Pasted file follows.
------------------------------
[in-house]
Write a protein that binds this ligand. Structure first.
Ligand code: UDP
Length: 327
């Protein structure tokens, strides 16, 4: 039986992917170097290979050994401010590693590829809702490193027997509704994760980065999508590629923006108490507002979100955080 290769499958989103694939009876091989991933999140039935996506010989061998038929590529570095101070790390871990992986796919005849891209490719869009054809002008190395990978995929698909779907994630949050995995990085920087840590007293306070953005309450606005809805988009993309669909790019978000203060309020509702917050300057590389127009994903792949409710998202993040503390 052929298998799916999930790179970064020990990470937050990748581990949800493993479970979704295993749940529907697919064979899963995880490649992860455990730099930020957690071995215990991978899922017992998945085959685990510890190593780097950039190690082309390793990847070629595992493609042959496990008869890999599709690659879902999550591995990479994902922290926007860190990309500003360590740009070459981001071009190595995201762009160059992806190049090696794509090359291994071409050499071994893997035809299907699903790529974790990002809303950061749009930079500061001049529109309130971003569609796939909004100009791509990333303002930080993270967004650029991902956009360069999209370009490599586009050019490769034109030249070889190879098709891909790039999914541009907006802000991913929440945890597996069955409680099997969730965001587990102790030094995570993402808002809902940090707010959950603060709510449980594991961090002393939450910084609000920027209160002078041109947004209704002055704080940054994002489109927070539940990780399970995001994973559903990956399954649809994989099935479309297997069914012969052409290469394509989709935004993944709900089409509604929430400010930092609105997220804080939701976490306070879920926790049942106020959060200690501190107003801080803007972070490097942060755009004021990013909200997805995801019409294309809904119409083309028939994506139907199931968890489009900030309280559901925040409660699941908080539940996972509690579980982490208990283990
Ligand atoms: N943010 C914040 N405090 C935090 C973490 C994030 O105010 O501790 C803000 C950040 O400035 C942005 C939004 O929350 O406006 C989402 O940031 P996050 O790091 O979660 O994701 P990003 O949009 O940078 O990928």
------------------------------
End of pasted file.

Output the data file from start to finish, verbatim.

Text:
[in-house]
Write a protein that binds this ligand. Structure first.
Ligand code: UDP
Length: 327
């Protein structure tokens, strides 16, 4: 039986992917170097290979050994401010590693590829809702490193027997509704994760980065999508590629923006108490507002979100955080 290769499958989103694939009876091989991933999140039935996506010989061998038929590529570095101070790390871990992986796919005849891209490719869009054809002008190395990978995929698909779907994630949050995995990085920087840590007293306070953005309450606005809805988009993309669909790019978000203060309020509702917050300057590389127009994903792949409710998202993040503390 052929298998799916999930790179970064020990990470937050990748581990949800493993479970979704295993749940529907697919064979899963995880490649992860455990730099930020957690071995215990991978899922017992998945085959685990510890190593780097950039190690082309390793990847070629595992493609042959496990008869890999599709690659879902999550591995990479994902922290926007860190990309500003360590740009070459981001071009190595995201762009160059992806190049090696794509090359291994071409050499071994893997035809299907699903790529974790990002809303950061749009930079500061001049529109309130971003569609796939909004100009791509990333303002930080993270967004650029991902956009360069999209370009490599586009050019490769034109030249070889190879098709891909790039999914541009907006802000991913929440945890597996069955409680099997969730965001587990102790030094995570993402808002809902940090707010959950603060709510449980594991961090002393939450910084609000920027209160002078041109947004209704002055704080940054994002489109927070539940990780399970995001994973559903990956399954649809994989099935479309297997069914012969052409290469394509989709935004993944709900089409509604929430400010930092609105997220804080939701976490306070879920926790049942106020959060200690501190107003801080803007972070490097942060755009004021990013909200997805995801019409294309809904119409083309028939994506139907199931968890489009900030309280559901925040409660699941908080539940996972509690579980982490208990283990
Ligand atoms: N943010 C914040 N405090 C935090 C973490 C994030 O105010 O501790 C803000 C950040 O400035 C942005 C939004 O929350 O406006 C989402 O940031 P996050 O790091 O979660 O994701 P990003 O949009 O940078 O990928």